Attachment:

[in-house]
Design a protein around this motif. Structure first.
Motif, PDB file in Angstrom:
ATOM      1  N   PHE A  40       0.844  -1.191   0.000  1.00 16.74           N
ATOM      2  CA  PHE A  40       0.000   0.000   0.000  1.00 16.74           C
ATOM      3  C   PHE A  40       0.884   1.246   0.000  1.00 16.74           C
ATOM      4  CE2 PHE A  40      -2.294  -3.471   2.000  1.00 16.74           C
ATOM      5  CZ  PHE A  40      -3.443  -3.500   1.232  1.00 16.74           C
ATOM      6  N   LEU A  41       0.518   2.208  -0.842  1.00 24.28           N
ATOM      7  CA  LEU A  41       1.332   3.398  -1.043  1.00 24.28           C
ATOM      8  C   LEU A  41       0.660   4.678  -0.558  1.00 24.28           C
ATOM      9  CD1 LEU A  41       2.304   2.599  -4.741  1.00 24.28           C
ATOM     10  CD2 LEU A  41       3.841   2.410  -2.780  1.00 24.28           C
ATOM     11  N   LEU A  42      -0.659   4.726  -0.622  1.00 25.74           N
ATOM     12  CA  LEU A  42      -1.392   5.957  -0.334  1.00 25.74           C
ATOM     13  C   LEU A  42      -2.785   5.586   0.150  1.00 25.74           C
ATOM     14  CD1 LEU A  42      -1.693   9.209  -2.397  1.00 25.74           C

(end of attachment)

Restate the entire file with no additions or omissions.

[in-house]
Design a protein around this motif. Structure first.
Motif, PDB file in Angstrom:
ATOM      1  N   PHE A  40       0.844  -1.191   0.000  1.00 16.74           N
ATOM      2  CA  PHE A  40       0.000   0.000   0.000  1.00 16.74           C
ATOM      3  C   PHE A  40       0.884   1.246   0.000  1.00 16.74           C
ATOM      4  CE2 PHE A  40      -2.294  -3.471   2.000  1.00 16.74           C
ATOM      5  CZ  PHE A  40      -3.443  -3.500   1.232  1.00 16.74           C
ATOM      6  N   LEU A  41       0.518   2.208  -0.842  1.00 24.28           N
ATOM      7  CA  LEU A  41       1.332   3.398  -1.043  1.00 24.28           C
ATOM      8  C   LEU A  41       0.660   4.678  -0.558  1.00 24.28           C
ATOM      9  CD1 LEU A  41       2.304   2.599  -4.741  1.00 24.28           C
ATOM     10  CD2 LEU A  41       3.841   2.410  -2.780  1.00 24.28           C
ATOM     11  N   LEU A  42      -0.659   4.726  -0.622  1.00 25.74           N
ATOM     12  CA  LEU A  42      -1.392   5.957  -0.334  1.00 25.74           C
ATOM     13  C   LEU A  42      -2.785   5.586   0.150  1.00 25.74           C
ATOM     14  CD1 LEU A  42      -1.693   9.209  -2.397  1.00 25.74           C